In this article we will discuss about the Sensitivity of Antibiotics in Bacteria.
Antibiotics are chemical substances produced, due to metabolism, by some microorganisms, which in small concentrations are capable of inhibiting the growth of other microorganisms. Antibiotics differ chemically and in their mode of action from one another. The sensitivity to any antibiotic depends on the type of microorganism against which it is used and the age of the culture.
Some microbes are very sensitive to a particular antibiotic while others are not and the sensitive ones are again resistant to some other antibiotic. To find out the sensitivity of one microorganism against different antibiotics, the test organism is spread on an agar plate and different antibiotics of high conc. (100 µgm./ml) are applied in two ways (paper disc and cup) at the centre of a marked quadrant.
After incubation for 24 hrs. The zone of inhibition around the cup or disc is measured. The diameter of the zone of inhibition is directly proportional to the strength of the antibiotic as well as to the sensitivity of the microbe. Zone of inhibition is the zone on agar plate at which growth of the test organisms docs not occur.
(i) 24 hours broth culture of:
(a) Escherichia coli,
(b) Staphylococcus aureus,
(c) Serratia marcescens.
(a) Benzyl ponicillin,
(iii) Dry nutrient agar plates
(iv) Cork borer
(v) Paper discs
(vi) Pipettes and petridishes (sterilised)
(vii) Sterilised distilled water
(viii) Spreader, forceps etc.
Nutrient agar medium is prepared, sterilised and then poured into sterilised petridishes each containing 20 ml. After the plates have solidified, a quadrant is marked on the lower surface of the petridish. 0.2 ml. of test organism is uniformly spread all over the plate with a glass spreader.
A. Cup Method:
A cork borer is sterilised by dipping into alcohol and flaming and 4 cups are cut in the centre of the 4 quadrants of the plate spread with the test organism.
10 µgm. of each of the above named antibiotics are dissolved in 10 ml. of sterilised distilled water to make 100 µgm./ml. solution.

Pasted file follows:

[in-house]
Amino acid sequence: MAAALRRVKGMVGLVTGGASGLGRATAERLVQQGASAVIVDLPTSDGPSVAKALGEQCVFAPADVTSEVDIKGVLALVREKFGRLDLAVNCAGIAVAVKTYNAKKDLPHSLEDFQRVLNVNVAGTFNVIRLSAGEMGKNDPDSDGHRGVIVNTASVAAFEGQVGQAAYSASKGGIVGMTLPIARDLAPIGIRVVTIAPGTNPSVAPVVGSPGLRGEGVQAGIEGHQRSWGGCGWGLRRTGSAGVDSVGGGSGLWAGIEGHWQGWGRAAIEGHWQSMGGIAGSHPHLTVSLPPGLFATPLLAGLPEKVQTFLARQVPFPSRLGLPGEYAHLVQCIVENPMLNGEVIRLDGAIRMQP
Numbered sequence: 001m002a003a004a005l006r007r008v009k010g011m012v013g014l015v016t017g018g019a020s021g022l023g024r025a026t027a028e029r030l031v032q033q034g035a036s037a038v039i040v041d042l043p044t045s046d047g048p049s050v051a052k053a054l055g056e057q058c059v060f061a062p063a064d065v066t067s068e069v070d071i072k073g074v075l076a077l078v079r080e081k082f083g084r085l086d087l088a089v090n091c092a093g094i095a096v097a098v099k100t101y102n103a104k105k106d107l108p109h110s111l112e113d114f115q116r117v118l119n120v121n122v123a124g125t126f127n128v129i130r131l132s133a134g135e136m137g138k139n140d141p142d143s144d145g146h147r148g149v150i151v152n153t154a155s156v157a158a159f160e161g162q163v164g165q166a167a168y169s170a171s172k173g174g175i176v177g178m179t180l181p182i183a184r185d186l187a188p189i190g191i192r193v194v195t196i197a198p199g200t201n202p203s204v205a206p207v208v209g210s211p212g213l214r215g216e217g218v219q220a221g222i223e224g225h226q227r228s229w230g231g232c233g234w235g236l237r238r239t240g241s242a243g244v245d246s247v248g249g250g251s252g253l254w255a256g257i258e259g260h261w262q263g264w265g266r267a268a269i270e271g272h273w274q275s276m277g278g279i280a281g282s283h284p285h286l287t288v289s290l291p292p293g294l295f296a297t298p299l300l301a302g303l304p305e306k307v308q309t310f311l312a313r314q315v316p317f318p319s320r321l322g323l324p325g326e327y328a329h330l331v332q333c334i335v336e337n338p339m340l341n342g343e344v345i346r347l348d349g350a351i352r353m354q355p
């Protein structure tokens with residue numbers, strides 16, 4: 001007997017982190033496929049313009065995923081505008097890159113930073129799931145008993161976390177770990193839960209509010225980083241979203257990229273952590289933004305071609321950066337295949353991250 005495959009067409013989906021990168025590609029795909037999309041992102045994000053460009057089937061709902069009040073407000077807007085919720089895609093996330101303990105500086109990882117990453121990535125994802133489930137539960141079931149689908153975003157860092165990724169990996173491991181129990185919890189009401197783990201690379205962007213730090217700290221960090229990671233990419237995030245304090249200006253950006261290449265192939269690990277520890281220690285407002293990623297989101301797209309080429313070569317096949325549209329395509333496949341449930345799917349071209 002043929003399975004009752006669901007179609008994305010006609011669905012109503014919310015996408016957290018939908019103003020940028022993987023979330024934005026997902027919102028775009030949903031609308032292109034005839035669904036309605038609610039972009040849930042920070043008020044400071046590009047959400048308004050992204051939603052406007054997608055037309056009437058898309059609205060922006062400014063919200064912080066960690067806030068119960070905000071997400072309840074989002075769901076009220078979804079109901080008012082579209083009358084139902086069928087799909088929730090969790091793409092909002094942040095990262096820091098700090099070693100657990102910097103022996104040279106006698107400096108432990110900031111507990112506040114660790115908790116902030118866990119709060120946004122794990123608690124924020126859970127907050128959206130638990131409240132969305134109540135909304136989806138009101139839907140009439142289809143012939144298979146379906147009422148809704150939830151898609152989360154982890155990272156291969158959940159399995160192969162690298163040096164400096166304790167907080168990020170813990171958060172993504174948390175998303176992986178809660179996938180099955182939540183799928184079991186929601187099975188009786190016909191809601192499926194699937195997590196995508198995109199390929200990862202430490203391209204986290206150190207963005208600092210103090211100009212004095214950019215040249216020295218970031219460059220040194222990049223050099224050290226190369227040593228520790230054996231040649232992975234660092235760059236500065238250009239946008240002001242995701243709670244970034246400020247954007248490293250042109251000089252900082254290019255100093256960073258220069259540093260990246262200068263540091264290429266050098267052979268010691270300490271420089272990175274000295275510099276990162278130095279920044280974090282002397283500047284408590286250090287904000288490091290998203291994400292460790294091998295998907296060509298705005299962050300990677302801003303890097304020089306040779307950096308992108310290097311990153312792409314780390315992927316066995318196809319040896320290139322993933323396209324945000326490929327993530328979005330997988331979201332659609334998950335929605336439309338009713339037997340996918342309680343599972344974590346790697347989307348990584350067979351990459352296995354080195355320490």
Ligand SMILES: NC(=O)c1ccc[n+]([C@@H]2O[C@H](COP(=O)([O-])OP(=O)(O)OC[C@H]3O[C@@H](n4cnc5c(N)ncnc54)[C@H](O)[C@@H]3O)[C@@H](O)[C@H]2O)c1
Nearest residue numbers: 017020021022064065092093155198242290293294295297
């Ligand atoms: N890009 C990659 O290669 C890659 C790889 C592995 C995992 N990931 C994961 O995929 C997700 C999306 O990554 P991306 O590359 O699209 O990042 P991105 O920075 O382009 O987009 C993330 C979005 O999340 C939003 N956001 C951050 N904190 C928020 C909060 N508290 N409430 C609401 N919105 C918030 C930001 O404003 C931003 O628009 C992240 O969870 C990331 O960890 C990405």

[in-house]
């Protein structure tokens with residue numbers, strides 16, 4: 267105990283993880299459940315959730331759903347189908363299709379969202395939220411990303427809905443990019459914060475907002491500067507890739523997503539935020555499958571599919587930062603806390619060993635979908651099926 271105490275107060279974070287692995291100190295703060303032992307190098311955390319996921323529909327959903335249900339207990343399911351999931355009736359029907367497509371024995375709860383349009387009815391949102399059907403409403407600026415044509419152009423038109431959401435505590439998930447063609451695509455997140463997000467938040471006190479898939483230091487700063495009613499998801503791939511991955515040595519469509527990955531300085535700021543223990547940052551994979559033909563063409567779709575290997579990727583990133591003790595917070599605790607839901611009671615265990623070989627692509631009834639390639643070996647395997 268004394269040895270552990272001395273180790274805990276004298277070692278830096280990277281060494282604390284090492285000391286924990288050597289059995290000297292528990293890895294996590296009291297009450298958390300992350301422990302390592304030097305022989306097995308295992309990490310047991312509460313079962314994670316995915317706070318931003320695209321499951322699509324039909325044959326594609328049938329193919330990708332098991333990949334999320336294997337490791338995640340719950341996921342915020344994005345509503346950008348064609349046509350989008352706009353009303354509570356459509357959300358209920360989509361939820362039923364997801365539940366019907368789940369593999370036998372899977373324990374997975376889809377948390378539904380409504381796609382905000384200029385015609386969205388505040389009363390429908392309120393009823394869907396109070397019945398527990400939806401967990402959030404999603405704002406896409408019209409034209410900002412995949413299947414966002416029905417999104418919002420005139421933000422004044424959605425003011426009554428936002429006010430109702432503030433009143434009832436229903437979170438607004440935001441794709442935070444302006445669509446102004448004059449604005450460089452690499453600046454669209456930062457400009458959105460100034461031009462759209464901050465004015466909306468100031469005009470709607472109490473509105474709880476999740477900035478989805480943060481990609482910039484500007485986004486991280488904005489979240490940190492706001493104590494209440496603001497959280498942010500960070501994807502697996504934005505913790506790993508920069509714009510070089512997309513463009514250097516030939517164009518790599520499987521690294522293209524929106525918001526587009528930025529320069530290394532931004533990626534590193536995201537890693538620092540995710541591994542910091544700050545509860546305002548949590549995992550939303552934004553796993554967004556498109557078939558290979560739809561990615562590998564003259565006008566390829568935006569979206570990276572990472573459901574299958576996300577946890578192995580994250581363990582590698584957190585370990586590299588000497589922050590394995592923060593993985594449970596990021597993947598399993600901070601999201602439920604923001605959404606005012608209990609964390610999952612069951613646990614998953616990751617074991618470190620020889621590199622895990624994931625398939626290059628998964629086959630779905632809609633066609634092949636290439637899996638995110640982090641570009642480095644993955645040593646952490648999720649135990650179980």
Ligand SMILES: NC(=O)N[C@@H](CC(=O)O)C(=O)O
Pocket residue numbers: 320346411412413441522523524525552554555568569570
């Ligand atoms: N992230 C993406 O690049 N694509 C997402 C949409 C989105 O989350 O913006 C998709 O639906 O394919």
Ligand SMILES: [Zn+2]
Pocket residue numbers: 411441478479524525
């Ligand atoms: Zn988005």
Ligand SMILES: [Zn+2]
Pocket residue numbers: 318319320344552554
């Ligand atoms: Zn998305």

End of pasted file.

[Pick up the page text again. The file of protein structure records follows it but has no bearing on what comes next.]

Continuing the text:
With sterilised pipettes, the 4 cups of each plate are filled with 4 different antibiotic solutions. The plates are incubated at 37°C for 24 hrs. and zone of inhibition noted with its diameter being measured.
B. Paper Disc Method:
In the paper disc method, paper discs of filter paper are sterilised. A few of them are soaked in antibiotic solution for 5 minutes in sterilised petridishes and then are transferred to another sterilised petridish for drying.
With the help of a sterilised forceps, the different antibiotic soaked paper discs are placed in the centre of different quadrants of the plate with test organism. The plates are then incubated in an inverted position at 37°C for 24 hours and the zone of inhibition measured. In the cup method, the plates with cups of antibiotics are incubated in normal position without any disturbance.
From the diameter of zone of inhibition, it is evident that E. coli is resistant to penicillin and most sensitive to oxy-tetracyclin.
The diameter of zone of inhibition is maximum for penicillin (3 cm), in case of S. aureus. Hence it is most sensitive to penicillin amongst the antibiotics tested.
S. marcescens is most sensitive to chloramphenicol and resistant to penicillin. Thus, the sensitivity of an organism to an antibiotic varies.